A Study on Education in Japanese Legal Expression: Through a Survey of Japanese University Students


The text on Japanese law is known for being difficult for Japanese people. The law is a part of the liberal arts curriculum at high school and university. The courses are focused on understanding the content of the law; however, the difficulty also lies in law-specific Japanese expression.This research aims to clarify whether the degree of comprehension of legal expression is high even in those who do not receive special education in law if their understanding of different registers of Japanese is high.The methodology included a survey on the degree of comprehension of legal expression that was conducted for students of the Faculty of Letters who were interested in the usage of the words.Honorific expressions known as esoteric Japanese usages were adopted as a comparative subject of legal expression, and the degrees of comprehension of both were investigated simultaneously and then compared.The results demonstrate that very few students exhibited a proper understanding of legal expression. In addition, students with a high degree of understanding of honorific expressions also had a somewhat higher understanding of legal expression; and only very weak correlation was found.It is clear from the foregoing discussion that even people who are good at understanding general Japanese expressions find it difficult to understand legal expression.In the future, in situations where it is necessary to understand legal expression, it seems necessary to nurture a system of education in which people acquire better comprehension of Japanese legal expression.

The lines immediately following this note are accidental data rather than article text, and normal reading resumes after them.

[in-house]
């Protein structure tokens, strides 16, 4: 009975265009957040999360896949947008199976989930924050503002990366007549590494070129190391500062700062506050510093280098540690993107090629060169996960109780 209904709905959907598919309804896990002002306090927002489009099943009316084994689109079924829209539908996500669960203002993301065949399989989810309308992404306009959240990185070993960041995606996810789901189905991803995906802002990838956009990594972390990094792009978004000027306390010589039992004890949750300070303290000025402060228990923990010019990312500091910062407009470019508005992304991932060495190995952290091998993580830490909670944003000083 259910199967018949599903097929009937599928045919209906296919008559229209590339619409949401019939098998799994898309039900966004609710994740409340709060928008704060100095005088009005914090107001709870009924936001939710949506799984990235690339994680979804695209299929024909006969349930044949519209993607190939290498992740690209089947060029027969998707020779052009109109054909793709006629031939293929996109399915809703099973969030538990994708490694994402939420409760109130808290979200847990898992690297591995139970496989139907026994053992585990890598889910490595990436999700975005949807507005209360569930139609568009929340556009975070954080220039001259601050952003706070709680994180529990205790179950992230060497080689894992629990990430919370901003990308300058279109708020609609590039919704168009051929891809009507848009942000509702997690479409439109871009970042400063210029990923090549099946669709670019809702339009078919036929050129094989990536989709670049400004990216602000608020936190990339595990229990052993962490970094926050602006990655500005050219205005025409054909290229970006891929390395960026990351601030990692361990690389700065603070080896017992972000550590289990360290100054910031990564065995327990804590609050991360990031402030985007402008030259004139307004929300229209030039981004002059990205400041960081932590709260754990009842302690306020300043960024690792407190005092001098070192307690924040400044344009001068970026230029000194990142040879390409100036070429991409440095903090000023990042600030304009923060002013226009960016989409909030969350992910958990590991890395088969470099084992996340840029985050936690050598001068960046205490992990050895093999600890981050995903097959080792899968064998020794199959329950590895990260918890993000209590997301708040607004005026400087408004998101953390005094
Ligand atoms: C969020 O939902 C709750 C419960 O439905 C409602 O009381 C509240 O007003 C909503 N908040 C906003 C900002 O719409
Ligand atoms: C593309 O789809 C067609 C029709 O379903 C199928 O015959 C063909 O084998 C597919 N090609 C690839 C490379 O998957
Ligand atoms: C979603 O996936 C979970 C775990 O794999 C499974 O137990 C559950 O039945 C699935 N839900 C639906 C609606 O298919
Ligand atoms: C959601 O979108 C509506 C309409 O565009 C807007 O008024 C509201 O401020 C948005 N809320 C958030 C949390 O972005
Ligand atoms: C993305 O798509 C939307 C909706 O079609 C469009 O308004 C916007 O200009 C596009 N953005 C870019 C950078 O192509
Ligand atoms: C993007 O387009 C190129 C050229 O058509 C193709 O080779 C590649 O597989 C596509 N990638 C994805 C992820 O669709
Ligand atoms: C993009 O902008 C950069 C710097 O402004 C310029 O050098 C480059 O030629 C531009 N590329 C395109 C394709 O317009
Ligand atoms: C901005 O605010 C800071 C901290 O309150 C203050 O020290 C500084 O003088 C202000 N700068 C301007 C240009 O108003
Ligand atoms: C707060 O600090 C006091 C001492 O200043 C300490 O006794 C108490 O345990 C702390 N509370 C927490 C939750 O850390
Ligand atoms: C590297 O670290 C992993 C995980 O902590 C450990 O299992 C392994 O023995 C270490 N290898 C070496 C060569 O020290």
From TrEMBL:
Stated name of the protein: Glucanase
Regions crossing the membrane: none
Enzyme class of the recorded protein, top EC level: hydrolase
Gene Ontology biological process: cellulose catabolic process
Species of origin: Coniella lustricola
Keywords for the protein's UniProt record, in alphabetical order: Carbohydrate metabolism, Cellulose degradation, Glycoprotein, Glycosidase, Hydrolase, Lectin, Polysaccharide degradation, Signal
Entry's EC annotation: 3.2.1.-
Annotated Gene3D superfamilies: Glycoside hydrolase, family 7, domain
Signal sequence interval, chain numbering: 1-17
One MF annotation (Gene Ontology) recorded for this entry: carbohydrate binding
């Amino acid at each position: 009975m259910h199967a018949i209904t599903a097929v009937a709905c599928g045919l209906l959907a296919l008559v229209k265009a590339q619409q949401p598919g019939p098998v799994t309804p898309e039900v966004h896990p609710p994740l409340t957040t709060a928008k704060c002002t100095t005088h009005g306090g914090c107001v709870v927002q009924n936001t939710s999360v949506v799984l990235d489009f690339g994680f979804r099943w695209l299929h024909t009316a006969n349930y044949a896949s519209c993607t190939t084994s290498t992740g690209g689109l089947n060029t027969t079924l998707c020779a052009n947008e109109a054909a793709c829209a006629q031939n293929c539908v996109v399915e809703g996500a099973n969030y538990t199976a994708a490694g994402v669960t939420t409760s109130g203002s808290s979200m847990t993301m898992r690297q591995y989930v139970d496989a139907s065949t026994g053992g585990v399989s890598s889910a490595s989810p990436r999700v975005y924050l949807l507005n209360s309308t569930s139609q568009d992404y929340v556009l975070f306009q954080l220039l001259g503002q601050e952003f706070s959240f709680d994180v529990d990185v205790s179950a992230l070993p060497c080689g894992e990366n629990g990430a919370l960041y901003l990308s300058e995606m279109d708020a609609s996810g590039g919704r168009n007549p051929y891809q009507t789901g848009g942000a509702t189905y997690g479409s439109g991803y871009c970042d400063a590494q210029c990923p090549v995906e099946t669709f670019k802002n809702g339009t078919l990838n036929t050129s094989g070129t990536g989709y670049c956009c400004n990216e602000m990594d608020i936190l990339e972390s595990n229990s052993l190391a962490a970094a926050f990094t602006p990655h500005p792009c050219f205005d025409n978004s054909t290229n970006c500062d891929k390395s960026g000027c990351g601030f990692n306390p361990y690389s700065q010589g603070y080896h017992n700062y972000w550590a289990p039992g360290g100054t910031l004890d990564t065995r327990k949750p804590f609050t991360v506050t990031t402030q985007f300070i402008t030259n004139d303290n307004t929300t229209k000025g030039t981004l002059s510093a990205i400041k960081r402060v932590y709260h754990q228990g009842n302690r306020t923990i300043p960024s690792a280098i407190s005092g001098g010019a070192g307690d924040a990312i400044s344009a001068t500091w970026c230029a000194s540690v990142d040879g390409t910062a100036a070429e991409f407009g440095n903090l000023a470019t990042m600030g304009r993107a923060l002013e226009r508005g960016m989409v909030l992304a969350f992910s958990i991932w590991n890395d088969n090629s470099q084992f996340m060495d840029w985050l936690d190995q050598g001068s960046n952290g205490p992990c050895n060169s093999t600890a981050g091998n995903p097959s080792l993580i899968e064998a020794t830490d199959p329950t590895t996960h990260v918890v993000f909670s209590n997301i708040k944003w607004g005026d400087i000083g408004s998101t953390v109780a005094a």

Author Information
Yuko Kurata, Kansai Gaidai University, Japan
Noriko Kurata, Tokyo University of Science, Suwa, Japan

Paper Information
Conference: IICEHawaii2018
Stream: Interdisciplinary, Multidisciplinary & Transdisciplinary Education

This paper is part of the IICEHawaii2018 Conference Proceedings (View)
Full Paper
View / Download the full paper in a new tab/window

Virtual Presentation

Comments & Feedback

Place a comment using your LinkedIn profile


Share on activity feed

Powered by WP LinkPress

Share this Research

Posted by James Alexander Gordon